Johnson's sacks were down after a big 2012, but was plenty impactful nonetheless. He would immediately anchor the right side, set the edge against the run, and swat down a half dozen passes with his long armspan. Look for Blank to show up at Johnson's door at 12:01 a.m. on March 11 with all the material needed to build Johnson his dream home in the Atlanta suburbs.
The defensive end market surprisingly crashed last offseason, so further help could come more cheaply. While it's hard to see Arthur Jones' price coming down as severely as, say, Michael Bennett did a year ago, the Falcons could get him for a relatively affordable salary. If not, someone like Brian Orakpo or Justin Tuck are guys for whom a change of scenery will be a blessing, and still have the ability to pursue the quarterback.
The Falcons will mine the draft for help as well. An intriguing later round prospect they should tab is Aaron Lynch, a prized recruit who left Notre Dame for South Florida after one season. Lynch had a good season on a bad Bulls team, and maintains the athleticism to perhaps become a pass rushing specialist, either standing up or from a stance.
The interior of the line was pretty bad as well, but only so much can be done in a single offseason. Re-signing Jonathan Babineaux, the only rock on the front for the last few seasons,won't get folks excited, but improving on the aging but still solid player is unlikely. If cat-quick tackle Ego Ferguson from LSU is available on the third day of the draft, however, the Falcons may well scoop him up.
Problem: The offensive line was offensive.
Solution: Draft Jake Matthews, for starters.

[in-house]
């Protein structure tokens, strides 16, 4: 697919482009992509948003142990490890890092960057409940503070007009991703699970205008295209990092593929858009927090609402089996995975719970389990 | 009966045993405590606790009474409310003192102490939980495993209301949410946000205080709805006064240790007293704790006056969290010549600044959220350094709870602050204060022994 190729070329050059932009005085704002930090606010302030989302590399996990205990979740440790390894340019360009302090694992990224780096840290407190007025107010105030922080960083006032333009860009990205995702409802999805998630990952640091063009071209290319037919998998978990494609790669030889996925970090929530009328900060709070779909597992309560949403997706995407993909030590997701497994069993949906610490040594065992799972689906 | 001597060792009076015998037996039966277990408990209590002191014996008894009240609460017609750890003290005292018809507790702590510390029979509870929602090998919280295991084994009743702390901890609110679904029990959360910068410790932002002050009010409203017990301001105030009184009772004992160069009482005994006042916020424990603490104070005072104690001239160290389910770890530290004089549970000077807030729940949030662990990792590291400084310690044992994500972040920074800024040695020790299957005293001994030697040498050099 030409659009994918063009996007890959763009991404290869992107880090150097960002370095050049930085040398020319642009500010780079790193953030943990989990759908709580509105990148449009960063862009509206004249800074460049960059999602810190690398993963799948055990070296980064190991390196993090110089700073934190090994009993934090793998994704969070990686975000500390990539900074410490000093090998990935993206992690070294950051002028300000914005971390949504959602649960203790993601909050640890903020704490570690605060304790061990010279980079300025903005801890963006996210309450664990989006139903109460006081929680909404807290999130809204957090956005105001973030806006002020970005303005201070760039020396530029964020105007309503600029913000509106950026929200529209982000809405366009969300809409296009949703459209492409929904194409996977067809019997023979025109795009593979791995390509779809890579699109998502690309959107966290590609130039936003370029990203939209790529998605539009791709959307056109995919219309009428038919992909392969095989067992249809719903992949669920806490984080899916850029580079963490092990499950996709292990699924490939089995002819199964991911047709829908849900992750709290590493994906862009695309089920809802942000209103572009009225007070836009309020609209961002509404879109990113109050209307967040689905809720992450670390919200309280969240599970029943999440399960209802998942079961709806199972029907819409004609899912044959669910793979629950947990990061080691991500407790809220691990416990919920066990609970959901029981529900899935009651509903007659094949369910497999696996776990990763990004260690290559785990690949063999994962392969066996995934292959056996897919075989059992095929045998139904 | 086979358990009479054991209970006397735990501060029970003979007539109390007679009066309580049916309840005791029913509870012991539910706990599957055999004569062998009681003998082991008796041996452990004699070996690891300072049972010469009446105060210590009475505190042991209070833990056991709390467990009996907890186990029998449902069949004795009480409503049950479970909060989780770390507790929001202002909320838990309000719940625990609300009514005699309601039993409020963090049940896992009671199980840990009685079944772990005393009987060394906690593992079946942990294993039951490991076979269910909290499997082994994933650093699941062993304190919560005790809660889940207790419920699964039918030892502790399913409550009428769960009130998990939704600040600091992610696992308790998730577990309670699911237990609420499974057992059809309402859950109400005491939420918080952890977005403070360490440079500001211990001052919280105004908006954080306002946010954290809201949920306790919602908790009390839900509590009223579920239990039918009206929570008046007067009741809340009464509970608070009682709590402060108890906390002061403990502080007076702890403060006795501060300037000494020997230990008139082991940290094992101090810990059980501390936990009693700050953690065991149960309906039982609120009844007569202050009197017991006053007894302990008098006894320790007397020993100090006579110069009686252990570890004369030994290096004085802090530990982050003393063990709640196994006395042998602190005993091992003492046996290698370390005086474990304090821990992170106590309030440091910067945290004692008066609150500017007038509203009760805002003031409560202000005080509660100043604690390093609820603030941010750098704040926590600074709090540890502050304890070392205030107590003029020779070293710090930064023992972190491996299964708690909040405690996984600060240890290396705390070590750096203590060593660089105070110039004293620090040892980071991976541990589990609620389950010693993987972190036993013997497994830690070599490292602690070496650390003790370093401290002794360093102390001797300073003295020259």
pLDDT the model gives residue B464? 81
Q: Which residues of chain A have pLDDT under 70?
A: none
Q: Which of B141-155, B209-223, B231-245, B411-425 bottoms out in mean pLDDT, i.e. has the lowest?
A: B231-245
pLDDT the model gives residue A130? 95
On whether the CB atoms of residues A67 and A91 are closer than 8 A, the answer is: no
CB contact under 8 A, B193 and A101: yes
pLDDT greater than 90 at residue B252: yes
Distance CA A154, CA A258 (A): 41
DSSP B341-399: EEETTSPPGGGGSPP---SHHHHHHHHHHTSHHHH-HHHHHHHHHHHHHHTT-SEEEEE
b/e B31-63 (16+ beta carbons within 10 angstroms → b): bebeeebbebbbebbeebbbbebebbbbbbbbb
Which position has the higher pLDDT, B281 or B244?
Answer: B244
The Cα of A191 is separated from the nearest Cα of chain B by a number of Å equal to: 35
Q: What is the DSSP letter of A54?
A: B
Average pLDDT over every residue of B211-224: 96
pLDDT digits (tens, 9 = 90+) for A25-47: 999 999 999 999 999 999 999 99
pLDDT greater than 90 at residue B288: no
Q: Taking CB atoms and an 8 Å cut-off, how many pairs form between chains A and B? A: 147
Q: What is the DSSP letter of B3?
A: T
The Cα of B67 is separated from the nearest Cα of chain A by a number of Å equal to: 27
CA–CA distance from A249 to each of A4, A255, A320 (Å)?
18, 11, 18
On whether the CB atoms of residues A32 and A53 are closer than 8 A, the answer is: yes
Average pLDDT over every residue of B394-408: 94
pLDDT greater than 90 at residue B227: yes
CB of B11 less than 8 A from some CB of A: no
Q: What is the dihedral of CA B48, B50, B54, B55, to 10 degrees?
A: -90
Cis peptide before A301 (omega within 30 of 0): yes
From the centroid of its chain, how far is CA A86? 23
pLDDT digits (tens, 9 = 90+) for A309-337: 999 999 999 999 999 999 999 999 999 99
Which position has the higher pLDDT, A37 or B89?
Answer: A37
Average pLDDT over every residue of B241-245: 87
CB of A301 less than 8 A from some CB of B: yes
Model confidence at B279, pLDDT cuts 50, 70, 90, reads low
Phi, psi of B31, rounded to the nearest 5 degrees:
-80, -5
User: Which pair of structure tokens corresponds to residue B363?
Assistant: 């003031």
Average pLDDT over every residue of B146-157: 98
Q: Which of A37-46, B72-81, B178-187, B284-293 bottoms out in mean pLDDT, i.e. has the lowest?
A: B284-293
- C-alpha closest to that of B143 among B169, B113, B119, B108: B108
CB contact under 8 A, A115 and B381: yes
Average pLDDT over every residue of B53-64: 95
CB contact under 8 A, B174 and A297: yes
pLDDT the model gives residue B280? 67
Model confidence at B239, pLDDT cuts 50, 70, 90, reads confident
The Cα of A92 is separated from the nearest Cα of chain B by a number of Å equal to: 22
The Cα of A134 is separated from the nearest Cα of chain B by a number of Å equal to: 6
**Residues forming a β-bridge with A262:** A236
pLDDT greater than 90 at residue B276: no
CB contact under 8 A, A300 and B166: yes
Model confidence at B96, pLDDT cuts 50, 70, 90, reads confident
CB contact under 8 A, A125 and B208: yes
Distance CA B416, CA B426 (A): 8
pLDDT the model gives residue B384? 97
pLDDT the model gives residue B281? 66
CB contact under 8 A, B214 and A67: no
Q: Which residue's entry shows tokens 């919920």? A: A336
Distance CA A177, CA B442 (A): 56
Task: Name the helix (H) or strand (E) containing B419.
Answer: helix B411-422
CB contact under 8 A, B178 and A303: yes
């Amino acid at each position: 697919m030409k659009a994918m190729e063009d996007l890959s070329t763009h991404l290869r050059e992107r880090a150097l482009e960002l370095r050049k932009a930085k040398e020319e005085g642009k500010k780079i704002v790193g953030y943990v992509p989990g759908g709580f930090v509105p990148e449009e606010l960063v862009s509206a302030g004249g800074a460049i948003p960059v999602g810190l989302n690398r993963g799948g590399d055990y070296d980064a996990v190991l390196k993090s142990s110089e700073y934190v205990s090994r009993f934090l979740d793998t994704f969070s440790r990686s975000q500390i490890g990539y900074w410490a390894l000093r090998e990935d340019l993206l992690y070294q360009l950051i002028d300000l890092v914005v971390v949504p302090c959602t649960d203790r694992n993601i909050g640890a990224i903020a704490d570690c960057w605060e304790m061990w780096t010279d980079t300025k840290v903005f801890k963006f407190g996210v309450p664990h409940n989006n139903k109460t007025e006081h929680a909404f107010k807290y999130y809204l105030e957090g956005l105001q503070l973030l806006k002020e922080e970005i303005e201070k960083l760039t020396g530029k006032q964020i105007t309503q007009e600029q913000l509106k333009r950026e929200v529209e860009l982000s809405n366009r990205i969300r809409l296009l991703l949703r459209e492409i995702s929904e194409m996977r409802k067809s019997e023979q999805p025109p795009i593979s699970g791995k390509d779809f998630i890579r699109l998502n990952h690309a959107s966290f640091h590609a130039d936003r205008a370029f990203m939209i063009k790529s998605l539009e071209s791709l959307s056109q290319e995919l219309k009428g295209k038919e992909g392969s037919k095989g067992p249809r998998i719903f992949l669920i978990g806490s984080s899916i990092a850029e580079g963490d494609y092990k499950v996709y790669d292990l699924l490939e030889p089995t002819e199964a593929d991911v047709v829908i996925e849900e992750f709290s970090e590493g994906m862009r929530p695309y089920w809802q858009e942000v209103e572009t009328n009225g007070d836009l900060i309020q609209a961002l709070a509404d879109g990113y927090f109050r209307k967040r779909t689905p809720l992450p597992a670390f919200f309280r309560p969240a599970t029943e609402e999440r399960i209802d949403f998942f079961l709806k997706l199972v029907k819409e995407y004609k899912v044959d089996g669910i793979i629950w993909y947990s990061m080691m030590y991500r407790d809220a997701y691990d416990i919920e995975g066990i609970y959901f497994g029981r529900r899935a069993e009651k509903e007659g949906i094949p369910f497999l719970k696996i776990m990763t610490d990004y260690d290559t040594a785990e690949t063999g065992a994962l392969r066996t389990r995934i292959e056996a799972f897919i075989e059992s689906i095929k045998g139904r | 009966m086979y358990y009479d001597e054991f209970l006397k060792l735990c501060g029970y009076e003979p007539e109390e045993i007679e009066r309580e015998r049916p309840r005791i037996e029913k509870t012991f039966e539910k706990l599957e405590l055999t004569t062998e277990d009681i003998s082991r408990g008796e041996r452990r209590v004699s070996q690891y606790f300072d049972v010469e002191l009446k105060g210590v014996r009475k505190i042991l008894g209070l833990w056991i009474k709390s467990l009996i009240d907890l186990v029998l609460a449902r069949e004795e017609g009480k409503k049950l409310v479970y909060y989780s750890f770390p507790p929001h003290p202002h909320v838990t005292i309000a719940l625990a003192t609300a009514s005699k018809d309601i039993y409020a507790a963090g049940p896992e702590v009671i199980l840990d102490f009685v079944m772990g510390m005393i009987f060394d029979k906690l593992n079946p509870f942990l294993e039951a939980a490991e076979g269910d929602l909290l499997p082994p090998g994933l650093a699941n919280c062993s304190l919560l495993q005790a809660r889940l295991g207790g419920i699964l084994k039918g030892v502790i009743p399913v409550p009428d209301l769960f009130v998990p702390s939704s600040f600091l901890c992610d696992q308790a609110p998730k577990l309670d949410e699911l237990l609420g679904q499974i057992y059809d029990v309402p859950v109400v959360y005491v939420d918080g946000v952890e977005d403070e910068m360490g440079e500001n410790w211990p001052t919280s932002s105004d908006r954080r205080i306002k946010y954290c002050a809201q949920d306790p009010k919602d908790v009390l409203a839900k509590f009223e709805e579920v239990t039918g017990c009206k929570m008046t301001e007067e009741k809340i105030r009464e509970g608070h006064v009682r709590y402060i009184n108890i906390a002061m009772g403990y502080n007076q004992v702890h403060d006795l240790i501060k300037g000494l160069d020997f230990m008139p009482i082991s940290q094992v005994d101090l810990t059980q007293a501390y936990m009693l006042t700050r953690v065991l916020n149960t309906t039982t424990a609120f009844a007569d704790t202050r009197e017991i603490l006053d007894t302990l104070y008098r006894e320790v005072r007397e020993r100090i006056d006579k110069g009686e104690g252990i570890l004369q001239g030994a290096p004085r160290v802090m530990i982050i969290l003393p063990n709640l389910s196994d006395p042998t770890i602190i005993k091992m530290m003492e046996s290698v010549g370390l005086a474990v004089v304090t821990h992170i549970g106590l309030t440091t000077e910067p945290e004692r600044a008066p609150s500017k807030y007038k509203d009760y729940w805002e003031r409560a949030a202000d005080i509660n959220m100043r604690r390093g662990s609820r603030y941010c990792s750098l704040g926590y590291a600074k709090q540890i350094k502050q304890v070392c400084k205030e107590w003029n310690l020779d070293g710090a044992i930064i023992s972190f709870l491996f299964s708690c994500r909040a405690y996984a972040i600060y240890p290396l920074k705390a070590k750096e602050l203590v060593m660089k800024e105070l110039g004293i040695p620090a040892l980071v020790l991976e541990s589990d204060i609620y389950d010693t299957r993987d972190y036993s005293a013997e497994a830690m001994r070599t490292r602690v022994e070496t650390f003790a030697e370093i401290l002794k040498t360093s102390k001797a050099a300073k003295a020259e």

Matthews should immediately help lower the fearsome hit rate Matt Ryan has been subjected to in his career. Imagine the upgrade in Ryan's confidence when he has an elite tackle on the left side. If Sam Baker can ever stay on the field, he can flip to the right side, where he might well be better suited.
Should Matthews be gone already, the Falcons can stand pat and take Auburn's masher Greg Robinson, who some feel will be a better pro in the end than Matthews, though he's more of a running game force at this point.
Brandon Albert is the top left tackle available in free agency, but the money he would require, combined with what Baker is already making, is probably beyond what the Falcons can afford. One intriguing alternative is Cincinnati left tackle Anthony Collins, who stepped in in midseason and was excellent for the Bengals.
Meanwhile, the interior of the line was a disaster. Peter Konz was overmatched at center, moved to guard when Garrett Reynolds was benched there, and wasn't much better. The drafting on the line has been poor, which is why the Falcons will make multiple selections there. Atlanta desperately needs beef inside, so Baylor's Cyril Richardson or Mississippi State's Gabe Jackson, who go 350 and 338 pounds, depending on whether they ate three steaks or only two for breakfast before weighing in, make perfect sense in round two. North Carolina's Russell Bodine could be a late-round target for further depth at guard. Florida State center Bryan Stork could also get a look as a mid-round selection.Many locals want the team to sign Cleveland's Alex Mack or Zach de la Puente of New Orleans as a plug-and-play center, but neither option is likely or affordable if the other moves are made.